My daughter will be 15 months in two weeks. When we are out and about at parks and museums she is generally pretty happy, has a healthy level of attachment and independence and is a joy to be around. Even in our backyard she is mostly happy. However, in our house she is fussy, extremely fussy. In no exaggerated terms, I can not get anything done without her crying, fussing, grabbing at my legs. This does not just happen at one particular time of the day, but all day long. Most things I have to accomplish one handed because she will not entertain herself long enough for me to finish a task - even if I try to include her such as putting her on learning tower at sink while I clean up kitchen, or bringing toys into the bedroom while I make the bed. I feel like I have to choose to complete task, or tend to her. Which most times I am happy to put her needs first, but some things must get done during the day, such as making meals, cleaning up from meals and getting myself and my children dressed.
My 3 year old son has always been pretty independent and done a pretty good job of entertaining himself when I am busy, so I have no idea how to handle this. I kind of just remember the first part of his second year being a complete joy, I don't remember very many hard times with him until he hit closer to 2. She is physically and mentally exhausting to me and it makes me feel like a horrible mother for feeling so frustrated. I don't know if it is something I am doing wrong, something I am missing or something she needs that I am not giving her. When she is happy, she is so cute and silly and fun to be around, but sometimes her fussiness can overshadow her loveable qualities. I hate myself for even typing that.
Is this typical for a 15 month old? Am I expecting to much from her for her age? I am curious what other people's young toddlers are like throughout the day - are you able to get things done? do your kids play by themselves?
My DD is just about 14 months and sometimes has days like that. I find it's usually related to being tired or hungry. If I get her set up doing something I can then get something else done. Our main floor is open concept so if I get her set up in the living room area doing something...like I play with her with her blocks or something for a little while...then she continues on when I go into the kitchen. I can still see her and she can see me though.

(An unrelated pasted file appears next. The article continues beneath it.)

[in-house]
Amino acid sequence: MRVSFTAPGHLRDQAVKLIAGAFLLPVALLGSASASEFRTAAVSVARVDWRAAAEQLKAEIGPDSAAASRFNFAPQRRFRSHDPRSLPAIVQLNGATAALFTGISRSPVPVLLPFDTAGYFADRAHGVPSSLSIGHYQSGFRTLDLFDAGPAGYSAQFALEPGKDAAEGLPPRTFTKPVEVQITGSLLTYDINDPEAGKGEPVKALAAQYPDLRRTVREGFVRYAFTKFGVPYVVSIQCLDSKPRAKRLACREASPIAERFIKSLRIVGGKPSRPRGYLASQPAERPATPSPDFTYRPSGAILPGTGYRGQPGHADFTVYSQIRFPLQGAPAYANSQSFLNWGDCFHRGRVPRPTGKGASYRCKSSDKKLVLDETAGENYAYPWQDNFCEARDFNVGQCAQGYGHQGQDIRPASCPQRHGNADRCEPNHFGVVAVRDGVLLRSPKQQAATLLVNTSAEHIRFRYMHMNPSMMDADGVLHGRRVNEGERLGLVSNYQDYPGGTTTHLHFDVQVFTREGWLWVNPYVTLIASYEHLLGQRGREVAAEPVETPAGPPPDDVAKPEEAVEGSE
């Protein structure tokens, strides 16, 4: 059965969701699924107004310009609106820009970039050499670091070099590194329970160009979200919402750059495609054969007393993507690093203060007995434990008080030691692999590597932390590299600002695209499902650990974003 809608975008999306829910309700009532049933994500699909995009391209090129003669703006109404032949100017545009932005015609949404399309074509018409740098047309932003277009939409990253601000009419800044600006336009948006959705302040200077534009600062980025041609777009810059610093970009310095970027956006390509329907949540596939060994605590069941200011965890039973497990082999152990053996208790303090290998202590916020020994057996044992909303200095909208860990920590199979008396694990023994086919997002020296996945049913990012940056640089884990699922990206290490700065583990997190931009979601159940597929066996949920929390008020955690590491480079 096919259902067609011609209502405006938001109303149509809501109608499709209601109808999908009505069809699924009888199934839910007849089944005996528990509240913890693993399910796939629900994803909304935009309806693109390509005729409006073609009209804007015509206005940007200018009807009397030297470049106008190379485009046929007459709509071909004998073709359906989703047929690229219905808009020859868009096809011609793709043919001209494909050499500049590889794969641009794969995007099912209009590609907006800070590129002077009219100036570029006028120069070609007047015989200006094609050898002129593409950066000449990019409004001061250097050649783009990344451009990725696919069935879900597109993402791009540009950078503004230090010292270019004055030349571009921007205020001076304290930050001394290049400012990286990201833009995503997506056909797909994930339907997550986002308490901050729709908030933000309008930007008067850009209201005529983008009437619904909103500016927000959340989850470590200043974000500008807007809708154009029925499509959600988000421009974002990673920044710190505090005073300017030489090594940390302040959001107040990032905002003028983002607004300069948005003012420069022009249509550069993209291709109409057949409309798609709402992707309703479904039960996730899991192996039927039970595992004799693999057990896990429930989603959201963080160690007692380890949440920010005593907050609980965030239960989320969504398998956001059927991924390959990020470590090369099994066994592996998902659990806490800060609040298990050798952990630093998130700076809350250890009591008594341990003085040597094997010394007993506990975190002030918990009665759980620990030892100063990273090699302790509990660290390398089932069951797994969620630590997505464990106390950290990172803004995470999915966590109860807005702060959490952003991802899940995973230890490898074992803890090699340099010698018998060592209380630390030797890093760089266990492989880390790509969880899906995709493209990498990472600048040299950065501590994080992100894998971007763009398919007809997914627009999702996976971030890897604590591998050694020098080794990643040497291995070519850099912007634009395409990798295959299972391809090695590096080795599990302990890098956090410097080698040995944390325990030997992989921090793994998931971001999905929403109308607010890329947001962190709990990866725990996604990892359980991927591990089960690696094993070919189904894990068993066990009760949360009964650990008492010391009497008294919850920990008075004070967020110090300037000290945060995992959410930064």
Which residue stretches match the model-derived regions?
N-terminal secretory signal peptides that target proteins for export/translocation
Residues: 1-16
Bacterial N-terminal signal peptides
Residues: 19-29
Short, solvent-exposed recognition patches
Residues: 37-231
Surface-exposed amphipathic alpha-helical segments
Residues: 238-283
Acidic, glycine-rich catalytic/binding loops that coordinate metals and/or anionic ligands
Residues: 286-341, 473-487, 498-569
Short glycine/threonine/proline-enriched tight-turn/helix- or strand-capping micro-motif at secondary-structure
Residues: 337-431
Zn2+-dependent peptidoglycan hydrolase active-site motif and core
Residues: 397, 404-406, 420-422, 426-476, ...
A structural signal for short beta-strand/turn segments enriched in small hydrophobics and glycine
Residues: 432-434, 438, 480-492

So, I know this is an old post, and I'd love to hear an update! I googled "fussy 15 month old" and this popped up! I could have written it myself. After reading this, I think I'm just going to tell myself that my daughter (and yours) is actually just a really bright little girl, in a VERY exploratory stage and wants to go out into the world to see what there is to see all the time. SO, when she is fussing around the house needing my attention when I'm trying to do JUST the basic tasks she is sort of telling me, "Come-on, Mom, let's get going!" and doesn't have the words for it yet. Yes...I think that's what I'll tell myself to make it through! Please tell me if your little one has grown out of this yet because it is driving me CRAZY!
I'm not the OP, but sometimes when my girl is acting this way I have to use the kitchen timer to get stuff done. On a really bad day I set it for two minutes. I do as much as I can, and DD knows that it will go off, and then I will play with her. We play for a few minutes, then I set the timer and do another batch. It's annoying, but at least I get a little bit done.
I could have written the original post about my son (16 months.) I think that some kiddos are just naturally more *high needs* than others. Or at least that's how I console myself :) It makes me sad sometimes because I spend so much time feeling exhausted/frustrated my son lately that I often miss out on just enjoying his company. I'm trying to be more patient with him and to make more time for myself. I find that because my son requires so much energy and patience, I need frequent breaks in order to recharge. When I'm well rested and have had a chance to just *be,* I'm able to give him more of the attention and compassion that he needs. We both benefit!
I'm also trying to avoid labeling my son as a "difficult child", and instead view this as a developmental stage (while also recognizing that each child has a different personality and different needs.) As an early childhood educator, I often see children get labeled as "difficult" and then they get treated as such, which creates a cycle of behavior that's hard to break.
It would be wonderful to get an update from the OP and see how these past 8 months have changed her daughter and whether the dynamic between them has changed at all.
|55 members and 11,673 guests|
|agentofchaos , ambelievable , Amberlie Goldman , averysmomma05 , b00angelz , bananabee , Caitlin A. Wallingford , cloa513 , coconotcoco , DahliaRW , Dave RW , Dear_Rosemary , emmy526 , girlspn , Heatherjolley , Jazzy8000 , joycef , katelove , kathymuggle , lilmissgiggles , Lydia08 , Mamalari , mamapigeon , MDoc , melisa240 , mintapatalk , Mirzam , Moda Ani , newmamalizzy , oaksie68 , philomom , pulcetti , Ragana , redsally , RosemaryV , rubelin , SchoolmarmDE , SeauxCareFree , shantimama , sharadtech5 , siennaflower , Skippy918 , sren , stephalittle , SweetSilver , transpecos , zebra15|
|Most users ever online was 449,755, 06-25-2014 at 12:21 PM.|